Sending Money

DOMESTICALLY

 

This is some of the most important information you will need while you are living in Japan. In your home countries you will probably be used to using your credit card to pay for things either over the phone, online, or in a shop. This usually isn’t the case in Japan. If you buy plane tickets or need to pay for conference costs, it is more than likely you will pay for this by bank transfer. Once you know the process, it’s relatively easy, and varies little from bank to bank.

1. Go to the bank counter and say “furikomi o shitai desu kedo, yoshi ga arimasen ka” (I’d like to make a bank transfer – do you have a form?)

2. Fill out the form, which will ask for information such as: bank name, branch name, recipient’s account number, amount to be transferred, recipient’s contact info, your contact info. Be careful not to write outside of the surrounding lines.

3. Choose how you want to send the form – Telex is expensive but instant, or you can send by mail if it isn’t urgent.

4. Wait for the form to be processed and then pay.

5. Keep in mind there will be a bank charge for the transfer. This will range from 100 to 1000 yen, depending on the bank, method and amount.

Unless your Japanese is really good, it is highly recommended that you take someone with you the first time such as your supervisor. Your supervisor will most likely take you to set up your bank account when you arrive, so it may be worth asking them to show you how to do it then!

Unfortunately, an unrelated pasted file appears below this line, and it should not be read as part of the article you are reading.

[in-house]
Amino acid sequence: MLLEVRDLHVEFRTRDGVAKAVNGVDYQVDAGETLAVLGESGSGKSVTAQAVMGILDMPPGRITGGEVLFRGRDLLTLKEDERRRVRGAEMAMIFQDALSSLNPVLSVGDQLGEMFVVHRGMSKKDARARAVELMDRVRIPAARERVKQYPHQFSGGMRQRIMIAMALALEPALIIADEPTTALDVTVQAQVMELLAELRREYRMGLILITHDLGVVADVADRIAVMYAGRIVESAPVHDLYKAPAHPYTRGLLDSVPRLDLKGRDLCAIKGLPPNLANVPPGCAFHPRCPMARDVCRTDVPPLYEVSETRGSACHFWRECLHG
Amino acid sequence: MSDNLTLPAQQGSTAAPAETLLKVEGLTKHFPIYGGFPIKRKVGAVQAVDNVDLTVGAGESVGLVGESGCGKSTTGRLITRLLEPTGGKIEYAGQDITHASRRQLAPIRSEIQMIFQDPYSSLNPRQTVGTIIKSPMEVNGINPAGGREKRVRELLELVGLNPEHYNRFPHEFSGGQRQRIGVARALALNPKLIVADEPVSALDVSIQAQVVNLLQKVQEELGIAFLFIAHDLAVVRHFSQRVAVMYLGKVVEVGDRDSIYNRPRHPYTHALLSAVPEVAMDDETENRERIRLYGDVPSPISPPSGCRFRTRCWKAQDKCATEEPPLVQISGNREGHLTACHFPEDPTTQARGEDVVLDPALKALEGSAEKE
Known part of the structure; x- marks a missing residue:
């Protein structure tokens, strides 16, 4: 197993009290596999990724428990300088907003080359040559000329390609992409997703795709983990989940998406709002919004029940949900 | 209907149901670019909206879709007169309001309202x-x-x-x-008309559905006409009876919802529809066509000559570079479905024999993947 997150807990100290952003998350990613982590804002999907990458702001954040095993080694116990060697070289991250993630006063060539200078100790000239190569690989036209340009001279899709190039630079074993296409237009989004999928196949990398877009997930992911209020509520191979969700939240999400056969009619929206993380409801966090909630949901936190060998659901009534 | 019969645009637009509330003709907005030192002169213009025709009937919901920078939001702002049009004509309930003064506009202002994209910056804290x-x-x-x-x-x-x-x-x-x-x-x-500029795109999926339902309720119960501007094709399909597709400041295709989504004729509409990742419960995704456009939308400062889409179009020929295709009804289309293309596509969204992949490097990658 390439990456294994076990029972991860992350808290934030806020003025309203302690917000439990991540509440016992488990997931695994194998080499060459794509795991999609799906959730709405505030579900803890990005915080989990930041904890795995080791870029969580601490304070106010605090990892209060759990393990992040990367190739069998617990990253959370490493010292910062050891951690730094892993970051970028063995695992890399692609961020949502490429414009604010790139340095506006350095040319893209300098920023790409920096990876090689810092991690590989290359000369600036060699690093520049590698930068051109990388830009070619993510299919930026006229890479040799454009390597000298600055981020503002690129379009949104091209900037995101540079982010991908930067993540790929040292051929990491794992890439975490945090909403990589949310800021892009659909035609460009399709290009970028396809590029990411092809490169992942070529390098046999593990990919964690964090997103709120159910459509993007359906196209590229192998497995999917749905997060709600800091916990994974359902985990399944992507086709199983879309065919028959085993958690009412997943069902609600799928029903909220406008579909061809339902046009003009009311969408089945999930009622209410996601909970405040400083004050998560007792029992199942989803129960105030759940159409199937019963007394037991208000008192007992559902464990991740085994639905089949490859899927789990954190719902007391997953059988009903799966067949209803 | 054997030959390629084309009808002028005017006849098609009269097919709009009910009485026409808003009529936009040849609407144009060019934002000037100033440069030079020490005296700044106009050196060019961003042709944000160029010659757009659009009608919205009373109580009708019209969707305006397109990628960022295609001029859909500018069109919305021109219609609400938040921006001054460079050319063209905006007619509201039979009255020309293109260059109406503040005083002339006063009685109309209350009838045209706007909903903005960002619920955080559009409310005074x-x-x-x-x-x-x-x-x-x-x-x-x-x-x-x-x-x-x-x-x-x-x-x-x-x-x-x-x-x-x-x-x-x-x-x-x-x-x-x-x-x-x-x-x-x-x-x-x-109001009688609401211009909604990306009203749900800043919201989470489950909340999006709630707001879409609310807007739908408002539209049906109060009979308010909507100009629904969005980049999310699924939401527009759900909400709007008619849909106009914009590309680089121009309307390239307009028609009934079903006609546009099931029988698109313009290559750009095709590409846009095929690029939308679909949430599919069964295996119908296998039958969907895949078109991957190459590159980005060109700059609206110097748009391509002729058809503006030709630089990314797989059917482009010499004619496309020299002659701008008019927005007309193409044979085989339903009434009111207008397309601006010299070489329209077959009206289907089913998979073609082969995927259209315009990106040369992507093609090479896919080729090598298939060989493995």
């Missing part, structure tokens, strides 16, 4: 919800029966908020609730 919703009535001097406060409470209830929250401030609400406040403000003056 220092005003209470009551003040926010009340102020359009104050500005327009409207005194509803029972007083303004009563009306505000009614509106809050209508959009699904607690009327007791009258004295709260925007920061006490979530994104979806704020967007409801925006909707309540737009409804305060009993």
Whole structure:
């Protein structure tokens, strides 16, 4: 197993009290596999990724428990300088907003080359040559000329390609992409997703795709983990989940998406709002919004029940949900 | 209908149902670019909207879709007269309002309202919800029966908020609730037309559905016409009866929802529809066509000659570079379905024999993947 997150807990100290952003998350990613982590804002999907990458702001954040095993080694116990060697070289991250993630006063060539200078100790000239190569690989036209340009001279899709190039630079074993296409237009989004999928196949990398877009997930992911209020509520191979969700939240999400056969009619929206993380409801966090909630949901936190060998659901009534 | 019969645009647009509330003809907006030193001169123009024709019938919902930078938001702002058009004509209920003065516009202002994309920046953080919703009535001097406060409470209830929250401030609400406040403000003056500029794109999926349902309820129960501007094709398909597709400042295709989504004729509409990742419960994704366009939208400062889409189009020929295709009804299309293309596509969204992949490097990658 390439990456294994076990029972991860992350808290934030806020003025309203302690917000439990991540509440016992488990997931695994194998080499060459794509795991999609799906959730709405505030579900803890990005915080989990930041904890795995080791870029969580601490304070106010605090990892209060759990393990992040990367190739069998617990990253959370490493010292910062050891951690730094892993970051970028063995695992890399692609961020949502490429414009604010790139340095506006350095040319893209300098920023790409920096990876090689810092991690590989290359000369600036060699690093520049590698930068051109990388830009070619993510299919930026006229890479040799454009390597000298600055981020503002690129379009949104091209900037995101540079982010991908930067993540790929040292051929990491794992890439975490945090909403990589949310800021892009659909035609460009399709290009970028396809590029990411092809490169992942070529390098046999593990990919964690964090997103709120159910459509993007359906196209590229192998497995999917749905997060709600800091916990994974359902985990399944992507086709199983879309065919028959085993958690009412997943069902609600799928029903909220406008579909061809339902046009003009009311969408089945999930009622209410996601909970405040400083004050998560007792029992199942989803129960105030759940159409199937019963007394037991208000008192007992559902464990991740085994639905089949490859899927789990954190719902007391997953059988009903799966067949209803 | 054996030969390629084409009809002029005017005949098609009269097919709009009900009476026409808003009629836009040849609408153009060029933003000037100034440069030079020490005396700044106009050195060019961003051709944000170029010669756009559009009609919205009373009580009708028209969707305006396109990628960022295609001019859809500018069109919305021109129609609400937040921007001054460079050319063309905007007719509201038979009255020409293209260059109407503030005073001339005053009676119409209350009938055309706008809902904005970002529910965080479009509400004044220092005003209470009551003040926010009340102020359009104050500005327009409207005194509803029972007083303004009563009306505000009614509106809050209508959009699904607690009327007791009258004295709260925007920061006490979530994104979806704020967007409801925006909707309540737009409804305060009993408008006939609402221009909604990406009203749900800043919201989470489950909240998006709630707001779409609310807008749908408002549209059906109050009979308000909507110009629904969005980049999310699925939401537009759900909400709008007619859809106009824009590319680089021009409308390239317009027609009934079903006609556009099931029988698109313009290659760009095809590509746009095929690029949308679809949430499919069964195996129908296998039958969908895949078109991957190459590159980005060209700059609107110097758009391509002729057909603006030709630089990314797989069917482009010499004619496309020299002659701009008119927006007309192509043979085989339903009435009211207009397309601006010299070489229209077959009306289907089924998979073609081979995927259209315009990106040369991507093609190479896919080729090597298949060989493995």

I highly recommend doing a furikomi, though it may seem a daunting task at first. It cuts out all that pesky human interaction, kanji writing, and sitting around waiting. You can either do it with cash, which you pop into the machine, or transfer money directly from your bank account. Check out the ATM Guide! (The wrong link is here – use this one: http://www.toyamajets.net/home/?page_id=517) 

 

Furikomi cards

If you plan on sending money transfers to the same place multiple times, you can ask to have a “furikomi ken” made for that specific transfer. If you make multiple transfers to different places, you will need to make separate cards. The process varies from bank to bank, but if you take along all the information of the recipient and say “furikomi ken o tsukuritai desu kedo” (I’d like to make a transfer card) someone should be able to help you. Alternatively these can be made at the end of a transfer from an ATM. Again, see the ATM Guide. (The wrong link is here – use this one: http://www.toyamajets.net/home/?page_id=517) Furikomi cards can be made for domestic or international transfers.

 

INTERNATIONALLY

 

1. International Postal Money Order

One way to send money home is via an International Postal Money Order (yubin kawase) at the post office. You CANNOT send this to yourself or your bank at home. So you will have to send it to someone back home who is willing to receive it, endorse it, and deposit it for you. Here’s how to do it:

1. Bring some identification (Resident’s card, health card or passport). You can’t send money to another country without showing I.D. and giving a reason for sending it (anything is okay: pay for loan, debt etc). They will want to photocopy it.

2. Go to the Green Counter at the post office (it will say Money Order in English). If it is busy take a ticket and wait until your number is called.

3. When it is your turn say “(country) e kokusai sookin shitai no desu ga. Yooshi o (ichi, ni, etc) mai kudasai.” You have just said, “I would like an international Money Order for (country). Please give me (1, 2, etc) sets of forms.” I have also found that if you say money order with a Japanese accent (i.e.: manee ohrda) they will understand what you are talking about. You will need a separate form for each payee you send to.